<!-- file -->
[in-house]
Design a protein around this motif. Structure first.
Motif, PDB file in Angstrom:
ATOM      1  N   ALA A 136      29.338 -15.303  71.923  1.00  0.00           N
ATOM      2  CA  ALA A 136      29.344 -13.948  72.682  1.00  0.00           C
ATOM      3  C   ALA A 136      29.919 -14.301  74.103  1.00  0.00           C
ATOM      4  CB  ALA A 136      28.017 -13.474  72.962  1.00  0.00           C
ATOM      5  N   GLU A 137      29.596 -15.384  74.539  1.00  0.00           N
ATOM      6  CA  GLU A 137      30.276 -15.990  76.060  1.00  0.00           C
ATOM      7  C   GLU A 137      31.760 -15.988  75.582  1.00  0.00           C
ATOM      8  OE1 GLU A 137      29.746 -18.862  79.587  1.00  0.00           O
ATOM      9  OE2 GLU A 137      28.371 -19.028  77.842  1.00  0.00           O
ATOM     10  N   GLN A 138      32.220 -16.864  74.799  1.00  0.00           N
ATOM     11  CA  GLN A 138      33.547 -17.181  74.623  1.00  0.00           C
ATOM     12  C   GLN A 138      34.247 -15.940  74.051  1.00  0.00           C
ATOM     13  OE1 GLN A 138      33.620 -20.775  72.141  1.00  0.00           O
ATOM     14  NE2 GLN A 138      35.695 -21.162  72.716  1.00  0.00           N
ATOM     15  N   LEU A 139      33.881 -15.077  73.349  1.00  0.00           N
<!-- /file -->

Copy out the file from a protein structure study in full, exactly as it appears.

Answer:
[in-house]
Design a protein around this motif. Structure first.
Motif, PDB file in Angstrom:
ATOM      1  N   ALA A 136      29.338 -15.303  71.923  1.00  0.00           N
ATOM      2  CA  ALA A 136      29.344 -13.948  72.682  1.00  0.00           C
ATOM      3  C   ALA A 136      29.919 -14.301  74.103  1.00  0.00           C
ATOM      4  CB  ALA A 136      28.017 -13.474  72.962  1.00  0.00           C
ATOM      5  N   GLU A 137      29.596 -15.384  74.539  1.00  0.00           N
ATOM      6  CA  GLU A 137      30.276 -15.990  76.060  1.00  0.00           C
ATOM      7  C   GLU A 137      31.760 -15.988  75.582  1.00  0.00           C
ATOM      8  OE1 GLU A 137      29.746 -18.862  79.587  1.00  0.00           O
ATOM      9  OE2 GLU A 137      28.371 -19.028  77.842  1.00  0.00           O
ATOM     10  N   GLN A 138      32.220 -16.864  74.799  1.00  0.00           N
ATOM     11  CA  GLN A 138      33.547 -17.181  74.623  1.00  0.00           C
ATOM     12  C   GLN A 138      34.247 -15.940  74.051  1.00  0.00           C
ATOM     13  OE1 GLN A 138      33.620 -20.775  72.141  1.00  0.00           O
ATOM     14  NE2 GLN A 138      35.695 -21.162  72.716  1.00  0.00           N
ATOM     15  N   LEU A 139      33.881 -15.077  73.349  1.00  0.00           N